Jimmy Quinlan won't have the pressure of being the Edmonton Rush's saviour this season.
After posting back-to-back seasons where he recorded over 50 points for his hometown team, the pressure will no longer be solely on his shoulders.
"When I came here last year, I saw that Jimmy was his own worst enemy. He took everything real hard," said Rush GM and head coach Bob Hamley.
"Last year, he'd come off the floor and it was like the end of the world, he was banging sticks, yelling and screaming at himself, not having fun. That makes it so much tougher to play.
"The first thing we did this off-season was talk to him about relaxing. We want him to compliment everyone else on the team. He has that supporting cast now that he didn't have in the past."
ONE PLAYOFF GAME
Quinlan has only played one playoff game as he enters his fifth NLL season.
That was back in 2005, when he played for the Toronto Rock. Having not made the playoffs since, it's eating away at the 27-year-old school teacher at Edmonton's Vimy Ridge Academy.
"It's one of those things that if you get to the playoffs in the NLL, you have a chance to win it all. It's frustrating because that is always your goal, and we've yet to taste it," said Quinlan.
"This group of guys are willing to lay it on the line, and they do it with a smile on their face. That makes it nice, but it's always on our minds to get to the playoffs."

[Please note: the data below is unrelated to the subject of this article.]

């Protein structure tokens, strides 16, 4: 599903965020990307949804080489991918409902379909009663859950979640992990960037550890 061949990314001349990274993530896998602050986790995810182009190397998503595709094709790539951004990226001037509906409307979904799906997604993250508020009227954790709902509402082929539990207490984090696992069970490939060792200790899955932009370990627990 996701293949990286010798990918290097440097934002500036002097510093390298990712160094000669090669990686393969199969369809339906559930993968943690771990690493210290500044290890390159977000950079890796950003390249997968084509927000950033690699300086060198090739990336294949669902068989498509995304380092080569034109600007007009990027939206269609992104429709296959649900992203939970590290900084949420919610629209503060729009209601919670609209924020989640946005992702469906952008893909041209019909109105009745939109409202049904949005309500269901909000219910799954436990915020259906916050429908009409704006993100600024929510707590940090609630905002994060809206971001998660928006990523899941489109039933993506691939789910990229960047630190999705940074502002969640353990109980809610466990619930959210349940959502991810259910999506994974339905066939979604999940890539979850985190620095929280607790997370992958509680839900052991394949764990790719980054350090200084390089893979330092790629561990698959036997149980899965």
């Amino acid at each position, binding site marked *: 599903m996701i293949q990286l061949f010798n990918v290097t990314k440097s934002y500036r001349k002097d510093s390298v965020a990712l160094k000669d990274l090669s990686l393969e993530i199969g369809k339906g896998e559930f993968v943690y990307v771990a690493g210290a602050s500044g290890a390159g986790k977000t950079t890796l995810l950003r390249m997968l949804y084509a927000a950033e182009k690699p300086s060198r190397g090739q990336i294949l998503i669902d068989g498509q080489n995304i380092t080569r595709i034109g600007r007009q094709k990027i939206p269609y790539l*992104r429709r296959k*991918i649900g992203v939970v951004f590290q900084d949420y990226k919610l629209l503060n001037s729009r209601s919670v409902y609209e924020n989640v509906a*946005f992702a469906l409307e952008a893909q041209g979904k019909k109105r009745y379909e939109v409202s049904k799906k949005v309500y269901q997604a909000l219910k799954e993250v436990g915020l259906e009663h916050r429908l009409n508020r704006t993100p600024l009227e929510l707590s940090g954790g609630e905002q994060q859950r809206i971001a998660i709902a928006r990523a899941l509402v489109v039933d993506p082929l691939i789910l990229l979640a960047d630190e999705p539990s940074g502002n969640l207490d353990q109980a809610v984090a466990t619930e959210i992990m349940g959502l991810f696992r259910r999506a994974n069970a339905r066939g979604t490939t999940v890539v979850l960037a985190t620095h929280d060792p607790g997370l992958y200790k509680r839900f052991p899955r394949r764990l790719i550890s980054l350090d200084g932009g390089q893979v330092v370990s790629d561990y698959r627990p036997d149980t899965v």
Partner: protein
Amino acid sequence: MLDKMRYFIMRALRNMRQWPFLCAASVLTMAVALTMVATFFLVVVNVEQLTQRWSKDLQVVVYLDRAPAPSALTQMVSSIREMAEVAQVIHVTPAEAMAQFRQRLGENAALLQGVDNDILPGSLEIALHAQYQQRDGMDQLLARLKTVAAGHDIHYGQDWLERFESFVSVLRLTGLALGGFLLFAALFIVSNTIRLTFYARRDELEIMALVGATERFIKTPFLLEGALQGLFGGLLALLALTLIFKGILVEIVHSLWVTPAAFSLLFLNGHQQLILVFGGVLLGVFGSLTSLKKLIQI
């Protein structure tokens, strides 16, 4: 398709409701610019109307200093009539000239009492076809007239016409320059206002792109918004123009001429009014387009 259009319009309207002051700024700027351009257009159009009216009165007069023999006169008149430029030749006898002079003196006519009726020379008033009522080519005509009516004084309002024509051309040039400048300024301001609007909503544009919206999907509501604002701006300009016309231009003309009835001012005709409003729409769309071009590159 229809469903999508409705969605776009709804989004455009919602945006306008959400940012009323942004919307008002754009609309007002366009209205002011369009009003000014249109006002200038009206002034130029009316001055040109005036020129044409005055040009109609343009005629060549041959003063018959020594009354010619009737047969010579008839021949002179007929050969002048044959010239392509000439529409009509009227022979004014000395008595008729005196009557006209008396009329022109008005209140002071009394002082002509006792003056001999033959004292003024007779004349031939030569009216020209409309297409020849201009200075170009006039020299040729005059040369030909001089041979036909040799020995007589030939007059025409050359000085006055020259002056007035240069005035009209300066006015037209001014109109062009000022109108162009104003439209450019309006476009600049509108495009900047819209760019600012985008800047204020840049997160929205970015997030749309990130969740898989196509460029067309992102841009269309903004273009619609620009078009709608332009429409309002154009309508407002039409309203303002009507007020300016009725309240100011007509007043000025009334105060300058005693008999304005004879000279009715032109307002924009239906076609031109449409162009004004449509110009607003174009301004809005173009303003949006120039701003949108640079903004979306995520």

The Rush coaching staff gave Quinlan the role of alternate captain last season, and with that came added responsibility.
After the team's struggles last season, it just added more fuel to Quinlan's frustration level.
But while many of his former teammates were traded away, Quinlan has stuck with the Rush's rebuilding plan.
"I am a guy that can get easily frustrated, but I have really been working on that this year," said Quinlan.
"I am a competitive guy and a lot of times that competitive fire can really come out of me, but this season is different. I am really excited about theguys we've brought in."
With the added firepower up front, there is a chance that Quinlan may take a smaller role in the offensive scheme, however with Hamley's 'share the ball' philosophy, Quinlan could be in for a career year.
"I don't think too much about that stuff," said Quinlan. "I am happy with my situation. I will do whatever he asks of me.
"You can't say you don't look at the stats because everyone does. My stats may go up or down, we'll see, but if I am just an energy guy I am OK with that. At the end of the day I just have to make good on the chances I do get."
CHANGING THE CULTURE
Hamley has stressed since the final buzzer went on their disappointing 4-12 season that he was going to change the culture in the dressing room. He's brought in many new faces to try and bring a different feel.
Throughout training camp, he is focusing on team bonding.
"Since Day 1, Bob (Hamley) has preached that you are going to get to know your teammates and you're going to enjoy your teammates, otherwise, you aren't going to be here," said Quinlan, who went bowling at West Edmonton Mall Friday night with all his teammates.
"We're a close team, we've been spending a lot of time together. We've been doing a lot of team-building exercises, we are all getting to know each other every day.
"It's easier to stand and go to bat with one another if you know them more."